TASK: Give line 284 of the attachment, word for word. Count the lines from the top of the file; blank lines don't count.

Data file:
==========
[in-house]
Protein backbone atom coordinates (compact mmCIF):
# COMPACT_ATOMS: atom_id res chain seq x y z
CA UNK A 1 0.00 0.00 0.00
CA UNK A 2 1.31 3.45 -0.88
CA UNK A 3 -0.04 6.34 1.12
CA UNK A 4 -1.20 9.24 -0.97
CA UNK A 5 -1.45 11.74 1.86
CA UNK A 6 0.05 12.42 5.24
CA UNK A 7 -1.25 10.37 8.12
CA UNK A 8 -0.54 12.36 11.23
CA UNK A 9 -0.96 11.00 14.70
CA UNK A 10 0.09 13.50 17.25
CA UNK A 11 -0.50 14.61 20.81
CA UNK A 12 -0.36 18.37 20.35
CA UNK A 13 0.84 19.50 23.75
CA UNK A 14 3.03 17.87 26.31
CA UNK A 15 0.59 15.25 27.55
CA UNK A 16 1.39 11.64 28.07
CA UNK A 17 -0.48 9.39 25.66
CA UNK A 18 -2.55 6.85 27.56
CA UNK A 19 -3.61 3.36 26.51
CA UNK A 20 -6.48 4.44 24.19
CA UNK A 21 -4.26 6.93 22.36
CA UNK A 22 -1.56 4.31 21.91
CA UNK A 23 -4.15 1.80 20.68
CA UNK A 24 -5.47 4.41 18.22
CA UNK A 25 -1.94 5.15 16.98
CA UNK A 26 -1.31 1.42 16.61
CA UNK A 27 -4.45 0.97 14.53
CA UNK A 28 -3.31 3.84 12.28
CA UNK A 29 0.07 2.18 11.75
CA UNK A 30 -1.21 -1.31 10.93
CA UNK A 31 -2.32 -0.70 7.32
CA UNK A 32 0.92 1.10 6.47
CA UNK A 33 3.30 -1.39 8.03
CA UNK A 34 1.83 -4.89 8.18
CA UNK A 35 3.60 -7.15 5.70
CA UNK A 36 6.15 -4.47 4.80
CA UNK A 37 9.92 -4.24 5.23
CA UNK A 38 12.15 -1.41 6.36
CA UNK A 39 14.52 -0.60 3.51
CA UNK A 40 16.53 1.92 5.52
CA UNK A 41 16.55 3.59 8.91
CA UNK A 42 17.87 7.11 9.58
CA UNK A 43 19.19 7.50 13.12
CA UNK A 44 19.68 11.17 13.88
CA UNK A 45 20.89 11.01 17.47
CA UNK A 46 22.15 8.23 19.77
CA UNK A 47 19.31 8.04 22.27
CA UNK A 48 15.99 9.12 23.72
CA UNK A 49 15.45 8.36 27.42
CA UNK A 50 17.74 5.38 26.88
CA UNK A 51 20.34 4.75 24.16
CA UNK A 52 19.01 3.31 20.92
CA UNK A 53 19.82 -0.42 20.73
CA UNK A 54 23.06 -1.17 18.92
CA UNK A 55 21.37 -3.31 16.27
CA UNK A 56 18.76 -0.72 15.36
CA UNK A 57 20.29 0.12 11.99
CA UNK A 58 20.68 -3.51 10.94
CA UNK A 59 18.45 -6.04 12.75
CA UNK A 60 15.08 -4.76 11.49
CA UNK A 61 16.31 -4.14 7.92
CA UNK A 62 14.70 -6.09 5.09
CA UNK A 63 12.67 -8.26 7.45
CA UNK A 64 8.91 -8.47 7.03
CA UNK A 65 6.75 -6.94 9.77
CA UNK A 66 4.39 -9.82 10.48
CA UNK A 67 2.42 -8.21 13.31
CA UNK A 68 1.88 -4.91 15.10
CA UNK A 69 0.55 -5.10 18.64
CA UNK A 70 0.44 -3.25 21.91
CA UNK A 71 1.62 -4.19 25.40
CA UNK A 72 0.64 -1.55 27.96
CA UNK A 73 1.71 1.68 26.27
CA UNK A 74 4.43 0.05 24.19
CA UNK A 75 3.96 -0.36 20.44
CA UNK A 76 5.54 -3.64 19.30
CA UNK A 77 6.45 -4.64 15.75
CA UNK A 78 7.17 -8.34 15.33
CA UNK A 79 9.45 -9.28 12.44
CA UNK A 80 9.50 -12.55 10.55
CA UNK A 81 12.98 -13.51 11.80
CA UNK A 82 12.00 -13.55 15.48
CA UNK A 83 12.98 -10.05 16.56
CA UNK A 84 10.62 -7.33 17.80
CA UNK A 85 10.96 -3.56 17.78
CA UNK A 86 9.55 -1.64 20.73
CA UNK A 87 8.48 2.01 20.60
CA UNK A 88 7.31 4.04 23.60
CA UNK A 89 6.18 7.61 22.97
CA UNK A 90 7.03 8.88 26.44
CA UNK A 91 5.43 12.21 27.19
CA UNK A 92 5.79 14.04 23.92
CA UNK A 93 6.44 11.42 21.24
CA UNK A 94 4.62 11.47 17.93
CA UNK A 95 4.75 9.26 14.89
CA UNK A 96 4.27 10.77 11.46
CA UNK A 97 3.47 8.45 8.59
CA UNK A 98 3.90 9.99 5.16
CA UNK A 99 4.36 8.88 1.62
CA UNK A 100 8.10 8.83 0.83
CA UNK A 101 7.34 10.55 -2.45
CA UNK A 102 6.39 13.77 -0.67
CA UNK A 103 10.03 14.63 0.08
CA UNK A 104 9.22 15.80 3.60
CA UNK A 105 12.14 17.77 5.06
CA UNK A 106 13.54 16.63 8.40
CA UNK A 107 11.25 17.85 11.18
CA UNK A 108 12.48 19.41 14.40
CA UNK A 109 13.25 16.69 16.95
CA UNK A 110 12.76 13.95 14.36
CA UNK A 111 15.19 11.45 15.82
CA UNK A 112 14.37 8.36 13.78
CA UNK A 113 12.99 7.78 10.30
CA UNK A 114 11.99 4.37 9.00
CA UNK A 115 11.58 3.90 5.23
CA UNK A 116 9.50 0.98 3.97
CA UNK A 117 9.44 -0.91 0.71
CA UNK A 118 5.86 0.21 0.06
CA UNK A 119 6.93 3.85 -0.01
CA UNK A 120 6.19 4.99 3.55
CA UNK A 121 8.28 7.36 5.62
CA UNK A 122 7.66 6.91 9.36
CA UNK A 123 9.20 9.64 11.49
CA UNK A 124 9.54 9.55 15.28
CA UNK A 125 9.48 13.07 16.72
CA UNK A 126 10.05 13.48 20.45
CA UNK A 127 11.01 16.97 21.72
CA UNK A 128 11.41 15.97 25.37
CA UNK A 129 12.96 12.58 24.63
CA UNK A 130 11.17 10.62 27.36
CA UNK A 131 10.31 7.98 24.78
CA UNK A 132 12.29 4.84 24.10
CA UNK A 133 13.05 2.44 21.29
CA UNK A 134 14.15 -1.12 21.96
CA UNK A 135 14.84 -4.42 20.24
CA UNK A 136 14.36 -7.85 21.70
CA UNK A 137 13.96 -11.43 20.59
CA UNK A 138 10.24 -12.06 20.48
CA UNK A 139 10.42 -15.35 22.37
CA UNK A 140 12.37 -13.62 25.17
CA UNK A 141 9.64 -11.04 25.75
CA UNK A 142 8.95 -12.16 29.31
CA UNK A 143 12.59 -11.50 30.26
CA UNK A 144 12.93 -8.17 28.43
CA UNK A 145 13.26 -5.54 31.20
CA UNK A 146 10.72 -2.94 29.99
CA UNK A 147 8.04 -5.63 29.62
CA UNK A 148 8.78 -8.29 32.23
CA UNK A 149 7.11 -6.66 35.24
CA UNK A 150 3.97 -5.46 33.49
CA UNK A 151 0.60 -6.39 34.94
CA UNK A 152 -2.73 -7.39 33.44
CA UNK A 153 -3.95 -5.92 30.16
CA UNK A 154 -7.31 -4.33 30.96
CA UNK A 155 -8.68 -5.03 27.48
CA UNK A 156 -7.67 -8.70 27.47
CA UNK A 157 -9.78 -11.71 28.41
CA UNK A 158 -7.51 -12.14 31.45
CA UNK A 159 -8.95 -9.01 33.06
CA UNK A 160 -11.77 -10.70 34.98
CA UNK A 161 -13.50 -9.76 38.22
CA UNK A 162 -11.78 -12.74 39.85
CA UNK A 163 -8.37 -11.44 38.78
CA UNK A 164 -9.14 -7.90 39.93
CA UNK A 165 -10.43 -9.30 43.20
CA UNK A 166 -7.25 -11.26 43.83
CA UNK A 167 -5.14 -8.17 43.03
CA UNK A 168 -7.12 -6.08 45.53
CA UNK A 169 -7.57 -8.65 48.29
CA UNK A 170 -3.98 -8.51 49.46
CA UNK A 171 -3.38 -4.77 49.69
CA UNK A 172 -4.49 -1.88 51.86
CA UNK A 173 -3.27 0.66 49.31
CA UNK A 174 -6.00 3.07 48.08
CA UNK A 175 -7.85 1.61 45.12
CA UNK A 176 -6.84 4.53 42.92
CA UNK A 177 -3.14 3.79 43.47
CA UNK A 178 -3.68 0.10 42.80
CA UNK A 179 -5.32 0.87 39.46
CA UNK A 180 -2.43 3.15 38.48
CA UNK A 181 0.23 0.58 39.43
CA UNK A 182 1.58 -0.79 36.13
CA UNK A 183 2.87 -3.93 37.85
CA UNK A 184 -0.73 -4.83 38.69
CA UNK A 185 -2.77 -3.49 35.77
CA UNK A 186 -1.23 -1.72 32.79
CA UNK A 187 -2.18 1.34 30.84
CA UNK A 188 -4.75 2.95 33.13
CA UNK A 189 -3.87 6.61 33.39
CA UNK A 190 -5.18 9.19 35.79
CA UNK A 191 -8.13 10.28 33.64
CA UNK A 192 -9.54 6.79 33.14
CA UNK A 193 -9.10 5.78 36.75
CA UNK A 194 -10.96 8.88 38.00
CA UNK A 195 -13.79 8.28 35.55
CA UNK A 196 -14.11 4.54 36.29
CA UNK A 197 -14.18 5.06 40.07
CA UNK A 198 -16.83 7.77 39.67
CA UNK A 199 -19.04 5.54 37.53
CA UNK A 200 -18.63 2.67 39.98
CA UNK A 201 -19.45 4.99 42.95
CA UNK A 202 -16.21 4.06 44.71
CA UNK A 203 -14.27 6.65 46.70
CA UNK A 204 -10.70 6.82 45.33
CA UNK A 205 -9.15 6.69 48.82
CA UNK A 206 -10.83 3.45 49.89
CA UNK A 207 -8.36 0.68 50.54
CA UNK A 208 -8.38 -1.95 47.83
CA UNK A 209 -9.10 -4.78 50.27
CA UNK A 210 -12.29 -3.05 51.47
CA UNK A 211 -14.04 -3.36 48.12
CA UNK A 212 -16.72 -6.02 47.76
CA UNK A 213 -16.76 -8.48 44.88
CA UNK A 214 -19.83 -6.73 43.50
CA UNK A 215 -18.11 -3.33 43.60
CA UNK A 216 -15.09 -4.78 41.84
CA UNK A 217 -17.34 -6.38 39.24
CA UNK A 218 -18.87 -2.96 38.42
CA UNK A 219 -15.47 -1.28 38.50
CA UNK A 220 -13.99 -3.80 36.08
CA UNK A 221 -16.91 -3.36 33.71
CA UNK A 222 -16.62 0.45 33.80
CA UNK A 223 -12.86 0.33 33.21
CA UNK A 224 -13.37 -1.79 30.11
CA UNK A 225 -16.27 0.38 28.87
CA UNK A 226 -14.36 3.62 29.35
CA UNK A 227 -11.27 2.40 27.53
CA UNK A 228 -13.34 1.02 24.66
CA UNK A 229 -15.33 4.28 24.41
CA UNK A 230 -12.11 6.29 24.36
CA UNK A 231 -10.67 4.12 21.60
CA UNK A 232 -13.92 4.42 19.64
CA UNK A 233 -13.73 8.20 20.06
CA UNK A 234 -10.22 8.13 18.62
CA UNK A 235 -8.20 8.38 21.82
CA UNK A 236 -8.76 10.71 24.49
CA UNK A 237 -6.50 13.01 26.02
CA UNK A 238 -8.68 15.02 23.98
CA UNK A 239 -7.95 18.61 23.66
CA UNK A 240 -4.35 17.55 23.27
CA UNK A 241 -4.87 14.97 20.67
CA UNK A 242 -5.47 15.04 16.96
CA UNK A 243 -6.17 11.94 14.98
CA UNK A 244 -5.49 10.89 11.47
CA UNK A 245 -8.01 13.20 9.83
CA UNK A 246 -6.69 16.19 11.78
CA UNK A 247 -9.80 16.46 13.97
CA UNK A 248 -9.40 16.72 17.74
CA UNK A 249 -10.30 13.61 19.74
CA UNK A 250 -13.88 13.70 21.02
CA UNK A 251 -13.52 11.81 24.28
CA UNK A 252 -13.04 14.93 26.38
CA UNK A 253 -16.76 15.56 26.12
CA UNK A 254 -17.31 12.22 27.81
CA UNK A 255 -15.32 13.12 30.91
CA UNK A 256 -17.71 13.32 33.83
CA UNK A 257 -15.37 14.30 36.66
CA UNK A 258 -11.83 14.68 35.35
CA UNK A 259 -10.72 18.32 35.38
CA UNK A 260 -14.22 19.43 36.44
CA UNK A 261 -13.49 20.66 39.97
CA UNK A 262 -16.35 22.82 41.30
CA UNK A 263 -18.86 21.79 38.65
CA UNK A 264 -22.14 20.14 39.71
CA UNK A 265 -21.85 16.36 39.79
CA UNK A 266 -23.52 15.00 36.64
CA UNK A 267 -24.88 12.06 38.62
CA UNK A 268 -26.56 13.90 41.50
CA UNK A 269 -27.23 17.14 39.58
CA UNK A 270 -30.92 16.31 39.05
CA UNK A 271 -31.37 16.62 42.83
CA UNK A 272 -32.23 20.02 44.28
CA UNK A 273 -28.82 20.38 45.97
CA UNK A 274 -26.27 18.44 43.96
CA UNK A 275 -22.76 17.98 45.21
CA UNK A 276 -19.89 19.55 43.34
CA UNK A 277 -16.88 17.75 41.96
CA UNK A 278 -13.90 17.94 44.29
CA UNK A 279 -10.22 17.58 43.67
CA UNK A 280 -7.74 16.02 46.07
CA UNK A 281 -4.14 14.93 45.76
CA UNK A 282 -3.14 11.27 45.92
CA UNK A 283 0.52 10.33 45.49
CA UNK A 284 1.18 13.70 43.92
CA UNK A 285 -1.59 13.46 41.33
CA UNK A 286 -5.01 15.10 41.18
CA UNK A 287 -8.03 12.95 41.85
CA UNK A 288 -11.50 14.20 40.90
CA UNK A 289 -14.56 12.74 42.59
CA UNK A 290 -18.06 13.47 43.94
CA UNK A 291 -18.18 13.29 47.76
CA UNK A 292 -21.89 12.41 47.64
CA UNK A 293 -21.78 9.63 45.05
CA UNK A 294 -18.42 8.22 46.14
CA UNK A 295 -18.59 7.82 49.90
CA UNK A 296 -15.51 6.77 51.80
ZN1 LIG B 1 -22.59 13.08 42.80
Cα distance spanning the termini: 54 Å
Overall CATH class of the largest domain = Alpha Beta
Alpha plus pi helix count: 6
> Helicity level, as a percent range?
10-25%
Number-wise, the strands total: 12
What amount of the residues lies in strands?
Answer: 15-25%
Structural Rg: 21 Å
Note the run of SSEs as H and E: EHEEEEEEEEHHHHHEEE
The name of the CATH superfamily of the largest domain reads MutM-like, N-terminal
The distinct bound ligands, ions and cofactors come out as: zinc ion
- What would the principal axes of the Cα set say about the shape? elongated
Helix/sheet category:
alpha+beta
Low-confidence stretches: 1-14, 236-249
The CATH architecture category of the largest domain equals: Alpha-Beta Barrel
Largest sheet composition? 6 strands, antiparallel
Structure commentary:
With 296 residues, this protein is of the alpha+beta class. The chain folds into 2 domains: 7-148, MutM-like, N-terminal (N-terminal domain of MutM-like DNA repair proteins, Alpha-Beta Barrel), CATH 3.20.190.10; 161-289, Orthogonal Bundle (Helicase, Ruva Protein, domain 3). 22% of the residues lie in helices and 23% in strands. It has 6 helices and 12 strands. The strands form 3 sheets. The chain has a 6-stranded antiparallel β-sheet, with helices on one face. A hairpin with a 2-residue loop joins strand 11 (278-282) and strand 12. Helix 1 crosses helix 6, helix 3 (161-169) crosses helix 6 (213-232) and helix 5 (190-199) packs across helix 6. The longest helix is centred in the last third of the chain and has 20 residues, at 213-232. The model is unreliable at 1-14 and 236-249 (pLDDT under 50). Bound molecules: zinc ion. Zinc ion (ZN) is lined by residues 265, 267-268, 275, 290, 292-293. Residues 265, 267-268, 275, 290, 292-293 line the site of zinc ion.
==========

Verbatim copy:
CA UNK A 281 -4.14 14.93 45.76